Antarctic krill swarm characteristics in the Southeast Atlantic sector of the Southern Ocean

Handle URI:
http://hdl.handle.net/10754/555782
Title:
Antarctic krill swarm characteristics in the Southeast Atlantic sector of the Southern Ocean
Authors:
Krafft, BA; Skaret, G; Knutsen, T; Melle, W; Klevjer, Thor; Søiland, H
Abstract:
Knowledge about swarm dynamics and underlying causes is essential to understand the ecology and distribution of Antarctic krill Euphausia superba. We collected acoustic data and key environmental data continuously across extensive gradients in the little-studied Southeast Atlantic sector of the Southern Ocean. A total of 4791 krill swarms with swarm descriptors including swarm height and length, packing density, swimming depth and inter-swarm distance were extracted. Through multivariate statistics, swarms were categorized into 4 groups. Group 2 swarms were largest (median length 108 m and thickness 18 m), whereas swarms in both Groups 1 and 4 were on average small, but differed markedly in depth distribution (median: 52 m for Group 1 vs. 133 m for Group 4). There was a strong spatial autocorrelation in the occurrence of swarms, and an autologistic regression model found no prediction of swarm occurrence from environmental variables for any of the Groups 1, 2 or 4. Probability of occurrence of Group 3 swarms, however, increased with increasing depth and temperature. Group 3 was the most distinctive swarm group with an order of magnitude higher packing density (median: 226 ind. m−3) than swarms from any of the other groups and about twice the distance to nearest neighbor swarm (median: 493 m). The majority of the krill were present in Group 3 swarms, and the absence of association with hydrographic or topographic concentrating mechanisms strongly suggests that these swarms aggregate through their own locomotion, possibly associated with migration.
KAUST Department:
Red Sea Research Center (RSRC)
Citation:
Antarctic krill swarm characteristics in the Southeast Atlantic sector of the Southern Ocean 2012, 465:69 Marine Ecology Progress Series
Publisher:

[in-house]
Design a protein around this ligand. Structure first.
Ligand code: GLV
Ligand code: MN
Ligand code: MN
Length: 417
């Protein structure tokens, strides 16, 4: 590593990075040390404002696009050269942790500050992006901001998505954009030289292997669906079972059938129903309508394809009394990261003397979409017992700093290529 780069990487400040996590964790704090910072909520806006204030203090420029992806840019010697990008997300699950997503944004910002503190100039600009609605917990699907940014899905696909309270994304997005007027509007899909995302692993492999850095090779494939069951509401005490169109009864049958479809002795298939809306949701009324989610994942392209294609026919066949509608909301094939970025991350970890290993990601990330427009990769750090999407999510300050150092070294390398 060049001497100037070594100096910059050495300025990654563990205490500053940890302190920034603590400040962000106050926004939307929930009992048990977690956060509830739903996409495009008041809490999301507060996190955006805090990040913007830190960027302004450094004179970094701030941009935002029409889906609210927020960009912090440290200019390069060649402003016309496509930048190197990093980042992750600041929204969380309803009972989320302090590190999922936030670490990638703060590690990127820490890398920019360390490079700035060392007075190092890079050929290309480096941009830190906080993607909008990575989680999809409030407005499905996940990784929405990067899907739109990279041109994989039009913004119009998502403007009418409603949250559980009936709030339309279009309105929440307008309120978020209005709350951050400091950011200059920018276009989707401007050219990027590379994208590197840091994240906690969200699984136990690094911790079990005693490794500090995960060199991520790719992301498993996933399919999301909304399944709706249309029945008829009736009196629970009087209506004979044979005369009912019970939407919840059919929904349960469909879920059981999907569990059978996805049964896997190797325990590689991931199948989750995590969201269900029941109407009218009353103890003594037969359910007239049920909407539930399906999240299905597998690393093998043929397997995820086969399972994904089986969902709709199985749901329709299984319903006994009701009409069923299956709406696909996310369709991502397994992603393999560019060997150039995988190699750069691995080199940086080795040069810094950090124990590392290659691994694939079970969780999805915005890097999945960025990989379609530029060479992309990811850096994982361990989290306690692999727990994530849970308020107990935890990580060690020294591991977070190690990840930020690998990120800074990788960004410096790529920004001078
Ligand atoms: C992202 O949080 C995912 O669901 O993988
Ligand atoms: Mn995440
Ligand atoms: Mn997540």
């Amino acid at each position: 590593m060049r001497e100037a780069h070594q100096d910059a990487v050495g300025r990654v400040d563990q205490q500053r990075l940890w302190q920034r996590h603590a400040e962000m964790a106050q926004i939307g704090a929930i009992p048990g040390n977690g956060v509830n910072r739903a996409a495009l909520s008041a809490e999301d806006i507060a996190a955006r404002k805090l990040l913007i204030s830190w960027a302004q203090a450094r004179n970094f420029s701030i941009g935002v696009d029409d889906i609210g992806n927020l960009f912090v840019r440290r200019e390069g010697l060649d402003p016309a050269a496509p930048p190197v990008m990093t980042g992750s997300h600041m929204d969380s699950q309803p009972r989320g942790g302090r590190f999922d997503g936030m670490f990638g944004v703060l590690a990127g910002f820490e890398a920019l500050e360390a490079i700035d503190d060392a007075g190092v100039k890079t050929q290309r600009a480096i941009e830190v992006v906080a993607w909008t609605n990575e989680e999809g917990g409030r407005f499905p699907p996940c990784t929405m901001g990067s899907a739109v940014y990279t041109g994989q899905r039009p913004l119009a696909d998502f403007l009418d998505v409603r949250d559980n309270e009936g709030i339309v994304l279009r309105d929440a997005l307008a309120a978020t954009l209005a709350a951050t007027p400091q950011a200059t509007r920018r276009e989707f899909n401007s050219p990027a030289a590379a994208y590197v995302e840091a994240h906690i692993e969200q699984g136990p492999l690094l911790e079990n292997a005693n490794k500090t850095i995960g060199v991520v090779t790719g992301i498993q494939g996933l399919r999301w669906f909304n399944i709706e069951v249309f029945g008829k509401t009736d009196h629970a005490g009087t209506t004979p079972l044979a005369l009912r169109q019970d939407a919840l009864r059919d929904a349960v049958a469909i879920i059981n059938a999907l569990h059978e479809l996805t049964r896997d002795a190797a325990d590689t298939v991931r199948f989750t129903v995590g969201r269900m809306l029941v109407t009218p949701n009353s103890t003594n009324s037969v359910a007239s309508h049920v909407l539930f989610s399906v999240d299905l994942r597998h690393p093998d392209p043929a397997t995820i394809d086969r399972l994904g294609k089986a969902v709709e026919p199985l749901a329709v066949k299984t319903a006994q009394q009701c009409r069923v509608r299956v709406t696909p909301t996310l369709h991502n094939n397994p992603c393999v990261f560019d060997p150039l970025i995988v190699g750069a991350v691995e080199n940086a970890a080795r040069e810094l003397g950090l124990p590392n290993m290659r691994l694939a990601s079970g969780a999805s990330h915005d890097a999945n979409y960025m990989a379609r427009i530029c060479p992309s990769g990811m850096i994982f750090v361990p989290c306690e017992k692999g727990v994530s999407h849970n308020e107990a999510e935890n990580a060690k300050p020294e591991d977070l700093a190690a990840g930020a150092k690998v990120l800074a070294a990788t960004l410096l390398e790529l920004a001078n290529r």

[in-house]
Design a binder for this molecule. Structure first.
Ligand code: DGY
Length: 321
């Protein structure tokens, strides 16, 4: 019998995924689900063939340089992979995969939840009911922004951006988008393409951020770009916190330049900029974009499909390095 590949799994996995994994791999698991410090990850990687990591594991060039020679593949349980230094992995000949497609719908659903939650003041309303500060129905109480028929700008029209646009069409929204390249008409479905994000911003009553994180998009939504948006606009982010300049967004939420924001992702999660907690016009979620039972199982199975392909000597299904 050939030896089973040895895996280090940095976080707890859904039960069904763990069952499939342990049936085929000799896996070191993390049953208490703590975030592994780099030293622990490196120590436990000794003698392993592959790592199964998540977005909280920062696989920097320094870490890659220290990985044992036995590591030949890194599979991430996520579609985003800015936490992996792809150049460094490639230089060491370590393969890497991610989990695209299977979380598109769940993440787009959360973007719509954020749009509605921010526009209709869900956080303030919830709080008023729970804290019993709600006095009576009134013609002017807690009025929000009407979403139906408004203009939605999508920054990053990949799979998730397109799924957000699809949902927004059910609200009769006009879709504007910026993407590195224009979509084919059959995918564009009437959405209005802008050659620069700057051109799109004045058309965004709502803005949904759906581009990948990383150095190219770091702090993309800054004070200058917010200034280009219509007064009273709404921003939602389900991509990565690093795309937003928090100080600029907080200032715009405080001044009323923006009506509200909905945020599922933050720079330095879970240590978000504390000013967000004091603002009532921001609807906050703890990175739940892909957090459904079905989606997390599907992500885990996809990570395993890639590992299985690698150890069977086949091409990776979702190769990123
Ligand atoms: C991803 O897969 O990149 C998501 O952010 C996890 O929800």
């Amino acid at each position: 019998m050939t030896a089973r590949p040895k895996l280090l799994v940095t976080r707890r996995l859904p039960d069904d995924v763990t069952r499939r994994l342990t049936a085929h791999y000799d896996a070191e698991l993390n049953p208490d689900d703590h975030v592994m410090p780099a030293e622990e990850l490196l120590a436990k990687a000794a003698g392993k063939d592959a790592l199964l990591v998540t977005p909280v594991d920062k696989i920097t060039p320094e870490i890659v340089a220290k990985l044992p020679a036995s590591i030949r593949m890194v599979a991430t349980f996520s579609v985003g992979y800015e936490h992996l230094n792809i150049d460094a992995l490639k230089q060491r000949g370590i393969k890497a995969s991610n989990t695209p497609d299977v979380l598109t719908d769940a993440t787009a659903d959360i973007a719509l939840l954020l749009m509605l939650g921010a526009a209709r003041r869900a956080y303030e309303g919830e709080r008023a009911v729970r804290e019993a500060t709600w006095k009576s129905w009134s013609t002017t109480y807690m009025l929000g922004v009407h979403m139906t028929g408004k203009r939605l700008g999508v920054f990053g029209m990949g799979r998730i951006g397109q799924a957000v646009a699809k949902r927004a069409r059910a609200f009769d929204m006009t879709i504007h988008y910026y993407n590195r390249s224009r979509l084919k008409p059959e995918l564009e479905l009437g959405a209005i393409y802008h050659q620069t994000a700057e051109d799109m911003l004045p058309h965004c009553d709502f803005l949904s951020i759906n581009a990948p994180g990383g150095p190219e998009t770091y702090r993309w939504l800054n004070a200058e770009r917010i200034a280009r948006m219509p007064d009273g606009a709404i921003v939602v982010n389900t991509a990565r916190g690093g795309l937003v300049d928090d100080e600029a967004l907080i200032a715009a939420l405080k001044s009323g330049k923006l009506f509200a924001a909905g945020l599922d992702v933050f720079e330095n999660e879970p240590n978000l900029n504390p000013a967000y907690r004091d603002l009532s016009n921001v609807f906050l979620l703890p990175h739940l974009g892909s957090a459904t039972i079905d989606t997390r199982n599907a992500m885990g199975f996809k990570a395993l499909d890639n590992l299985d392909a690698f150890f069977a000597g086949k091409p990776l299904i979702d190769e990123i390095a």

Inter-Research Science Center
Journal:
Marine Ecology Progress Series
Issue Date:
28-Sep-2012
DOI:
10.3354/meps09876
Type:
Article
ISSN:
0171-8630; 1616-1599
Additional Links:
http://www.int-res.com/abstracts/meps/v465/p69-83/
Appears in Collections:
Articles; Red Sea Research Center (RSRC); Red Sea Research Center (RSRC)

Full metadata record

DC FieldValue Language
dc.contributor.authorKrafft, BAen
dc.contributor.authorSkaret, Gen
dc.contributor.authorKnutsen, Ten
dc.contributor.authorMelle, Wen
dc.contributor.authorKlevjer, Thoren
dc.contributor.authorSøiland, Hen
dc.date.accessioned2015-05-26T07:27:45Zen
dc.date.available2015-05-26T07:27:45Zen
dc.date.issued2012-09-28en
dc.identifier.citationAntarctic krill swarm characteristics in the Southeast Atlantic sector of the Southern Ocean 2012, 465:69 Marine Ecology Progress Seriesen
dc.identifier.issn0171-8630en
dc.identifier.issn1616-1599en
dc.identifier.doi10.3354/meps09876en
dc.identifier.urihttp://hdl.handle.net/10754/555782en
dc.description.abstractKnowledge about swarm dynamics and underlying causes is essential to understand the ecology and distribution of Antarctic krill Euphausia superba. We collected acoustic data and key environmental data continuously across extensive gradients in the little-studied Southeast Atlantic sector of the Southern Ocean. A total of 4791 krill swarms with swarm descriptors including swarm height and length, packing density, swimming depth and inter-swarm distance were extracted. Through multivariate statistics, swarms were categorized into 4 groups. Group 2 swarms were largest (median length 108 m and thickness 18 m), whereas swarms in both Groups 1 and 4 were on average small, but differed markedly in depth distribution (median: 52 m for Group 1 vs. 133 m for Group 4). There was a strong spatial autocorrelation in the occurrence of swarms, and an autologistic regression model found no prediction of swarm occurrence from environmental variables for any of the Groups 1, 2 or 4. Probability of occurrence of Group 3 swarms, however, increased with increasing depth and temperature. Group 3 was the most distinctive swarm group with an order of magnitude higher packing density (median: 226 ind. m−3) than swarms from any of the other groups and about twice the distance to nearest neighbor swarm (median: 493 m). The majority of the krill were present in Group 3 swarms, and the absence of association with hydrographic or topographic concentrating mechanisms strongly suggests that these swarms aggregate through their own locomotion, possibly associated with migration.en
dc.publisherInter-Research Science Centeren
dc.relation.urlhttp://www.int-res.com/abstracts/meps/v465/p69-83/en
dc.rightsArchived with thanks to Marine Ecology Progress Seriesen
dc.subjectEuphausia superbaen
dc.subjectAggregationen
dc.subjectAcousticsen
dc.subjectSwarmen
dc.subjectBouvetøyaen
dc.titleAntarctic krill swarm characteristics in the Southeast Atlantic sector of the Southern Oceanen
dc.typeArticleen
dc.contributor.departmentRed Sea Research Center (RSRC)en
dc.identifier.journalMarine Ecology Progress Seriesen
dc.eprint.versionPublisher's Version/PDFen
dc.contributor.institutionInstitute of Marine Research, 5870 Bergen, Norwayen
dc.contributor.institutionDepartment of Biology, University of Oslo, 0316 Oslo, Norwayen
kaust.authorKlevjer, Thor Aleksanderen
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